[PDN SUN] Plant Delights Update - Heronswood Nursery Closing

Tony Avent tony at plantdelights.com
Tue Jun 6 16:27:31 EDT 2006


Greetings PDN'ers:

Most of you have probably heard by now about the closing of Heronswood 
Nursery in Kingston,
Washington.  Heronswood was one of those very special nurseries that 
comes around only once
in a lifetime and we are all lucky to have been able to partake of the 
horticultural treasures that
Heronswood made available. 

Heronswood fans have reacted with anger, not just at the loss of such a 
special nursery, but at the
poor way in which the closing was handled. Nursery faithful were left 
with no chance to say
goodbye, or to visit and purchase plants for one last time.   At this 
time, I'd like to take a few
moments to reflect on Heronswood, Burpee, and mail-order in general, and 
of course, how it
relates to us here at Plant Delights.

The closing of Heronswood is a terrible loss for horticulture, but not 
one that was unexpected...at
least by anyone who studies horticultural businesses.   All the signs 
were there.  In 2005, the first
color catalog appeared, but instead of a full plant listing, only a few 
hundred plants were
chosen that followed no rhyme, reason, or price point strategy.  In 
2006, Burpee discontinued the
main catalog to save money...in spite of the fact that this was the main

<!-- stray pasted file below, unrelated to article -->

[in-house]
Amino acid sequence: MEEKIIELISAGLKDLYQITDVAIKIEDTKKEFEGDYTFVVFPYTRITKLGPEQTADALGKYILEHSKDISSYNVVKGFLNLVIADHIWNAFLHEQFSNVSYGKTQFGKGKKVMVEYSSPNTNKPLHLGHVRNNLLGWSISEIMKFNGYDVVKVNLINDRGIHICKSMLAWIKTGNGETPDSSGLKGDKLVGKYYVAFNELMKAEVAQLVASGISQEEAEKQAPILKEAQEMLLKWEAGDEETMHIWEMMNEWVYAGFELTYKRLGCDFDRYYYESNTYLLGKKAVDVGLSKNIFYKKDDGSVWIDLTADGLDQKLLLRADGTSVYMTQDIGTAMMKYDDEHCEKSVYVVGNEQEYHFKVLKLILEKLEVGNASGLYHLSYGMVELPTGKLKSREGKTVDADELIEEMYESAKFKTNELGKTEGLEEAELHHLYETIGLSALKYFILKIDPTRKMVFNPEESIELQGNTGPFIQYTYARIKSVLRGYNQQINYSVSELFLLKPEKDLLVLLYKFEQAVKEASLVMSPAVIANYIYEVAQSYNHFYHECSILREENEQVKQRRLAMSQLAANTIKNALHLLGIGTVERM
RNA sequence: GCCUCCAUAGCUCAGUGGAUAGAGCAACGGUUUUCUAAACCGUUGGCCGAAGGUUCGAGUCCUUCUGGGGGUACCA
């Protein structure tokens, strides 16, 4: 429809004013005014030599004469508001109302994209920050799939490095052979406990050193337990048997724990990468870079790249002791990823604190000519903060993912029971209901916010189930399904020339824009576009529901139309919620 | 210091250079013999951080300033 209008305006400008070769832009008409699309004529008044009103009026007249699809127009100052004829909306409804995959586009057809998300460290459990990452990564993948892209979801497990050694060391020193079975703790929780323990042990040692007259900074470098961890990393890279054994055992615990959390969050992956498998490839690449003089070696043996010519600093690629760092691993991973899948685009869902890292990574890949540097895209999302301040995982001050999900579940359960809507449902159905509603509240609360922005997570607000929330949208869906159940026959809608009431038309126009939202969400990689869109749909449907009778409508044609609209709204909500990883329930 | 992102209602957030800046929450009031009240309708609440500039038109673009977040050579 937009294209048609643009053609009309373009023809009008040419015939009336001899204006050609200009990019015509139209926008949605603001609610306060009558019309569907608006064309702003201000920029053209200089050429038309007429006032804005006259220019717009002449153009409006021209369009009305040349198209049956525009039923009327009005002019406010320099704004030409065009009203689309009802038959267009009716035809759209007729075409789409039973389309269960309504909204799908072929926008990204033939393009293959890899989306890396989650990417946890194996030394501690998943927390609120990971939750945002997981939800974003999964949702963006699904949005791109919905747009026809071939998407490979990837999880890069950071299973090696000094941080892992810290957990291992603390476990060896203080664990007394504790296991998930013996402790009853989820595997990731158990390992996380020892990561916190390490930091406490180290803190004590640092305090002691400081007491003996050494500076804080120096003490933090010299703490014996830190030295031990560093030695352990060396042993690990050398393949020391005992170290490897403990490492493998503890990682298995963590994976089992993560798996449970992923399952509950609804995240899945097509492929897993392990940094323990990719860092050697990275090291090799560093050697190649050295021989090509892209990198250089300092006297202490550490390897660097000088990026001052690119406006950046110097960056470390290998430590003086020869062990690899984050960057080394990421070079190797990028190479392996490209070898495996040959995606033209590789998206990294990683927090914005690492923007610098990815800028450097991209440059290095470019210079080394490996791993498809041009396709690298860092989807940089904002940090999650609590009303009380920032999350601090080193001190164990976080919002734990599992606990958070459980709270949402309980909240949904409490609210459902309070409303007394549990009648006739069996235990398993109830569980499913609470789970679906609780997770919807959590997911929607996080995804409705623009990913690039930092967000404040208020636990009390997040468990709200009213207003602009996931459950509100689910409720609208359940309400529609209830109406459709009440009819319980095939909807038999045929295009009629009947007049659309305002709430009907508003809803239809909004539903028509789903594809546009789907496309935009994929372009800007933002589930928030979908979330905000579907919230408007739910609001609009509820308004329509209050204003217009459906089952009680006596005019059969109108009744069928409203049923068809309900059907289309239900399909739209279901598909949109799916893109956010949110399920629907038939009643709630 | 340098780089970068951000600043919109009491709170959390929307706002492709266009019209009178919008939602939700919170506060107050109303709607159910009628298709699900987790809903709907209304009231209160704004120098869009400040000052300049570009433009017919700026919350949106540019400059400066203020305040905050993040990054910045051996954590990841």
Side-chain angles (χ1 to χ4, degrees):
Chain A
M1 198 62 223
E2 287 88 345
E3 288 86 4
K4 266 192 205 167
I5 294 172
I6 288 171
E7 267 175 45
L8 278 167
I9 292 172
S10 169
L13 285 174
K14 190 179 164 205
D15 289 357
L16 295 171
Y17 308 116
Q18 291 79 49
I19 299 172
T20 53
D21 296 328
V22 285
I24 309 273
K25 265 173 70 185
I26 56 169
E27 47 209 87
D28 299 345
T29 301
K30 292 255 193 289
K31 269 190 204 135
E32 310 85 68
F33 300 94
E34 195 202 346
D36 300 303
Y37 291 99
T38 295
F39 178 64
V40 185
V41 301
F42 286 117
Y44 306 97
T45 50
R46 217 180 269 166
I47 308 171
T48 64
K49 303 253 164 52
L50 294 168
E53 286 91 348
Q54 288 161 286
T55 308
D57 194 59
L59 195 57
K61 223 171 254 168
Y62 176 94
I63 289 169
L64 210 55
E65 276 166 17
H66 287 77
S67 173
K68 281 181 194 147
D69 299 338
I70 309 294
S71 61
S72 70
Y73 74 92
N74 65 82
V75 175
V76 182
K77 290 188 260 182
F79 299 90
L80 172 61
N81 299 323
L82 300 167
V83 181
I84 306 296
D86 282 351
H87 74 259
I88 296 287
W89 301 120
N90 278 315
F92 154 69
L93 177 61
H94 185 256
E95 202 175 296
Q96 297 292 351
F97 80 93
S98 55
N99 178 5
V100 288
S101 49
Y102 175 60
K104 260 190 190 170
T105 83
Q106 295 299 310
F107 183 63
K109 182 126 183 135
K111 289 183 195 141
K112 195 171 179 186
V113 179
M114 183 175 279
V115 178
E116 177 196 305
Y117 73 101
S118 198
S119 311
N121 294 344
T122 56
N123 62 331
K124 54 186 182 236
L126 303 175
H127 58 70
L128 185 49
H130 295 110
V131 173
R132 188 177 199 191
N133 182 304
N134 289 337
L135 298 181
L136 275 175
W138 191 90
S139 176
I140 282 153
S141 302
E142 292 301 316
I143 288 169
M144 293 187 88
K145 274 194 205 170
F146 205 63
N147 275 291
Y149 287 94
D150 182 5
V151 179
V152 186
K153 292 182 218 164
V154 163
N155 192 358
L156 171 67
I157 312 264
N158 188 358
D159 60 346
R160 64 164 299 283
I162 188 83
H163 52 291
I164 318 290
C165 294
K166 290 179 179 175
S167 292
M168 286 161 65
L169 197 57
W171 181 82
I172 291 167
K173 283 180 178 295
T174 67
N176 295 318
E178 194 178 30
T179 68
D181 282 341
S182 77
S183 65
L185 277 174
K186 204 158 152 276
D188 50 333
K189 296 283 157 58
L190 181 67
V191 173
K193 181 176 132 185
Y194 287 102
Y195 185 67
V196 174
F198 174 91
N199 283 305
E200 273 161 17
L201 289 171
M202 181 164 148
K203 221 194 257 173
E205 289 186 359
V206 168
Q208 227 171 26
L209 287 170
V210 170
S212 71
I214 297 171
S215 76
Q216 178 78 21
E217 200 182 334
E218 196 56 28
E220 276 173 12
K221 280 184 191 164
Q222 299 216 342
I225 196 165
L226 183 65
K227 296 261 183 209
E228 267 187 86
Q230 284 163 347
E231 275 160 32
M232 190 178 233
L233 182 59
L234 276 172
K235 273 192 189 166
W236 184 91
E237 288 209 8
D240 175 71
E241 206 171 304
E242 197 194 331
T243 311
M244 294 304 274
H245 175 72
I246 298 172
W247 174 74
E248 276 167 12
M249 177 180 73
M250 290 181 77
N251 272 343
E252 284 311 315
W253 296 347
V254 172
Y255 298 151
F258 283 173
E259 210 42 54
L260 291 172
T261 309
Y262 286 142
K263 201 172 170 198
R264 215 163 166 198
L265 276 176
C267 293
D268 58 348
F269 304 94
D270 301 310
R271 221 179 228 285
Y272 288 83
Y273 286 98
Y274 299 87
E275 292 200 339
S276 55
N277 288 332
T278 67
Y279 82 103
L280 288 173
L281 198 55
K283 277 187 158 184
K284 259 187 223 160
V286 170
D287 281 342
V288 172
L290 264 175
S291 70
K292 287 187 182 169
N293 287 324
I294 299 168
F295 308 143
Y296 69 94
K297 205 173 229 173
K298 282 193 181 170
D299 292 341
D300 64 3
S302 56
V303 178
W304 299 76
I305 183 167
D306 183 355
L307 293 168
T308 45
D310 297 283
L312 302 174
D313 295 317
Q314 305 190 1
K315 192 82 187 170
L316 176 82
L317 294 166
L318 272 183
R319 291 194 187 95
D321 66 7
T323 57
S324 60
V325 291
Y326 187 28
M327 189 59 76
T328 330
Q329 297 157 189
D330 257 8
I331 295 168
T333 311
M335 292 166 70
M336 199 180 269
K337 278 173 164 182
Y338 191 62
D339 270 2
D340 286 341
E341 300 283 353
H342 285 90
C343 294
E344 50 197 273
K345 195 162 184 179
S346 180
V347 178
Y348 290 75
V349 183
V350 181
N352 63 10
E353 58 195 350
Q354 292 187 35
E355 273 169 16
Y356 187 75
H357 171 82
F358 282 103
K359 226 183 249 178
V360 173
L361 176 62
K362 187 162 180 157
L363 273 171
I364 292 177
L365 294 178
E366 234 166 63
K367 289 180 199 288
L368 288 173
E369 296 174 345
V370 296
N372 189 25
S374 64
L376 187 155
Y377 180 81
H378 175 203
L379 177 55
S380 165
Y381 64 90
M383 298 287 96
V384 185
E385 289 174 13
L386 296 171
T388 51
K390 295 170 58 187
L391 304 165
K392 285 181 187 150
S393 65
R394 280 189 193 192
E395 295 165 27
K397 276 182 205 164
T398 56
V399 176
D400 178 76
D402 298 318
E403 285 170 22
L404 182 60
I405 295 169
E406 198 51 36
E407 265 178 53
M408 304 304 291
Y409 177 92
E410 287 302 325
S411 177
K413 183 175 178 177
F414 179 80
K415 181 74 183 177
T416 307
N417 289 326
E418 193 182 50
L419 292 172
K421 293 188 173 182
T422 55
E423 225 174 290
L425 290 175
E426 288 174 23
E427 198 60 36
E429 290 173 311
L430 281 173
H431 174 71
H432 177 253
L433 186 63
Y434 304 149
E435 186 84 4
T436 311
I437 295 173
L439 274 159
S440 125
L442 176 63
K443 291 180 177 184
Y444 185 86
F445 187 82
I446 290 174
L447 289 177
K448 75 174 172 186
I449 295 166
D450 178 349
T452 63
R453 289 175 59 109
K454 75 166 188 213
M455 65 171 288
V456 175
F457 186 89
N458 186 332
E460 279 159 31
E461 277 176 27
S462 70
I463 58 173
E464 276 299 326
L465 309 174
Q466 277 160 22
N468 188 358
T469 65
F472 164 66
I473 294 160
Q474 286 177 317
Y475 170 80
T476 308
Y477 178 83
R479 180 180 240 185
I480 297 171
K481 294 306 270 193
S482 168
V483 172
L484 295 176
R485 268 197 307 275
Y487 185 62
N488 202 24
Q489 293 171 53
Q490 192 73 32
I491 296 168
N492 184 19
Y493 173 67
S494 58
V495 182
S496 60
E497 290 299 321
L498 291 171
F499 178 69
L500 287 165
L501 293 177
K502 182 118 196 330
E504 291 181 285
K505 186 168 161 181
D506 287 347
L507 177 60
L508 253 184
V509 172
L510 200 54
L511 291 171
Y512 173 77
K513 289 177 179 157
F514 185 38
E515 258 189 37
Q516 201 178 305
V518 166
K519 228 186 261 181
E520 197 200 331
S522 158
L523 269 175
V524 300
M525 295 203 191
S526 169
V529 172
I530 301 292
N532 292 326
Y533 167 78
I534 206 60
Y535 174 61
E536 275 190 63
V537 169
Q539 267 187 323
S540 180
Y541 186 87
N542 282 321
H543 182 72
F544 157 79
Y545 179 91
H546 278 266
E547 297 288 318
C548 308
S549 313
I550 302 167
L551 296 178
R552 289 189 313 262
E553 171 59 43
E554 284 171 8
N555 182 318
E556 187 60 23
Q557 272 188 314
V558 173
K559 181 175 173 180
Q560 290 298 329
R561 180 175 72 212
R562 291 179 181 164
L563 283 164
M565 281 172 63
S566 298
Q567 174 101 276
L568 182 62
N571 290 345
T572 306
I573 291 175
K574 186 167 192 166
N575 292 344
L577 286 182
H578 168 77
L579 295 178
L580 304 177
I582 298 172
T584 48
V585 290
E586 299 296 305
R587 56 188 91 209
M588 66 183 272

source of income.  The
scant selection of plants for the 2006 color catalog were even more 
bizarre, being obviously
selected by a catalog designer with no plant knowledge.   The website, 
was also outsourced to India
and not only appeared 3 weeks late in a crucial January season,  but the 
re-designed "artsy" site
was so bizarrely unfunctional that even web veterans couldn't make sense 
of it.  Anyone who
didn't see the end coming was looking through rose-colored glasses.

Heronswood and Plant Delights lived their horticultural lives as 
"sister" nurseries on opposite
coasts.  Dan and Robert purchased their property in 1987 and we 
purchased ours in 1988.  We
both began with on-site sales and both began mail-order in 1991.  The 
set-up of our operations,
including a botanic garden to test and display plants were amazingly 
similar.  Over the years,
Dan and I have been fortunate to travel together on month-long plant 
expeditions and have